natives. Immigrants and their U.S.-born children account for 71 percent of the increase in
the uninsured since 1989, according to Center for Immigration Studies in 2007.
“I have insurance for my car, but not for myself,” Concha said, adding that the brutal
weather here in Wisconsin left her no choice but to have it in case of a breakdown.
Illegal immigrants can be found working in many sectors of the U.S. economy. About 25
percent work in farming, and other major sectors include maintenance, construction, food
preparation and serving, agriculture, and civilian labor force, according to The Pew
Hispanic Center in 2008.
“There is a mistaken perception that these immigrants are taking jobs away from
Americans,” Bonstead-Bruns said. “But what we know is that a lot of times, immigrants
who work these jobs are doing jobs that Americans won't do or won't do for the same
In Wisconsin, immigrant workers often work in dairy farms. Of the more than 12,000
hired workers on Wisconsin's dairy farms, roughly 40 percent are immigrants, a jump
from five percent just 10 years ago, according to UW-Madison associate professor Jill
Harrison, who has written several studies on migrant labor in the dairy industry. The
reliance on hiring immigrants increases with the size of the farm. The majority of
immigrant workers – 88.5 percent – come from Mexico, while most of the rest come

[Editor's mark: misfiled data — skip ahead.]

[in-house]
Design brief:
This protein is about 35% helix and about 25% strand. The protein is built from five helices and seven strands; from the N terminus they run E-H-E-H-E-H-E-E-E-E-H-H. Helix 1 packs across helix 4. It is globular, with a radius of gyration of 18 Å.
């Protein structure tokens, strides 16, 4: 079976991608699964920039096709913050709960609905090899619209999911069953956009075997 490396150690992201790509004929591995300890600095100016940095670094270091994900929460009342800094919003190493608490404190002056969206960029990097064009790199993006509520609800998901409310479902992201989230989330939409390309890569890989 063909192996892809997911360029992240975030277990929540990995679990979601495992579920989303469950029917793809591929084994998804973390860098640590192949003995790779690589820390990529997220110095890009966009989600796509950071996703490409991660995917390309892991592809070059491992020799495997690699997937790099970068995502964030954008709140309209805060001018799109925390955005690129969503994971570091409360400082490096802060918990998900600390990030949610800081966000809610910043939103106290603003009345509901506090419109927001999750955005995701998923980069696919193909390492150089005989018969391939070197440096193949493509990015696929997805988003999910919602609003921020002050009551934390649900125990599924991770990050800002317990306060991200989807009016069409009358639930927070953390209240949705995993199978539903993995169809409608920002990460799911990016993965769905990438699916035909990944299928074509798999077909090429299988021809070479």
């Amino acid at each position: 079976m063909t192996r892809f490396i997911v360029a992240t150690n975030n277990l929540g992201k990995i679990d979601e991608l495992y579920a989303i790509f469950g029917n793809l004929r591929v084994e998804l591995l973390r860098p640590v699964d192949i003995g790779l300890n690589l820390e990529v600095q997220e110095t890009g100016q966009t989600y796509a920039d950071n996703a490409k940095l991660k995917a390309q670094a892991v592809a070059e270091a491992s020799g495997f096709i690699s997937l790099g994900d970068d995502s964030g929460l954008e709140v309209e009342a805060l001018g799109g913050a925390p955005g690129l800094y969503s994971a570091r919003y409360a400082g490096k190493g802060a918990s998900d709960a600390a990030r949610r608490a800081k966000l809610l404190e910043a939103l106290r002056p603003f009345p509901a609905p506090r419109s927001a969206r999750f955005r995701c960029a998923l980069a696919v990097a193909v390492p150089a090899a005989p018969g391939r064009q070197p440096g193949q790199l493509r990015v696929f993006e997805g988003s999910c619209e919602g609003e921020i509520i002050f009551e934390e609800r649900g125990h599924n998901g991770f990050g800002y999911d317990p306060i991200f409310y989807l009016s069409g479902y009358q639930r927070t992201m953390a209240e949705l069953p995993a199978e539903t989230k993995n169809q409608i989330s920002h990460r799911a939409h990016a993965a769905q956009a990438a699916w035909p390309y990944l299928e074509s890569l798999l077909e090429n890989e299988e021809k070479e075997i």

from Central and South America.
“The perception that immigrants, particularly undocumented, are coming in and stealing
American jobs is entirely a myth. They're doing a service on so many levels and getting
very little in return,” Bonstead-Bruns said, adding that immigrant and local workers
generally complement each other rather than compete for the same job and thus are not
seen as a threat to the American workforce.
Concha speaks very little English and historically, that is common for immigrants when it
comes to language.
“Immigrants today are following exactly the same pattern with immigrants of 100, 200
years ago,” Bonstead-Bruns said. “First generation struggles with language, second
generation is usually bilingual, and by third generation most has lost the language of their
She added that the lack of English proficiency among immigrants shouldn’t be treated as
discriminatory, because “most Americans only need to go back a few generations and
then have immigrant heritage themselves.”
Concha said she hopes to move on to a better job some day, particularly one with medical
insurance and better paycheck but not having the proper paperwork is making it difficult.
For Bonstead-Bruns, she is pessimistic in the effort of trying to get justice for particularly
undocumented immigrants and their rights to earn at least minimum wage, or even
higher. However, she suggested one thing that could be changed to make the situation
“I think if there was a different approach to obtaining papers – maybe not citizenship –
but obtaining the visa to work. Some politicians have suggested that once you've been
here for awhile and pay your taxes a certain amount, you could be eligible for a work
visa,” Bonstead-Bruns said. “Those types of things certainly seem reasonable.”
Concha hasn’t gone back home to Mexico in 10 years and is not planning to do so
anytime soon, because it is too expensive. Concha said she rarely splurge on anything for
“The only reason I’m still here is because my family depends on me to support them.”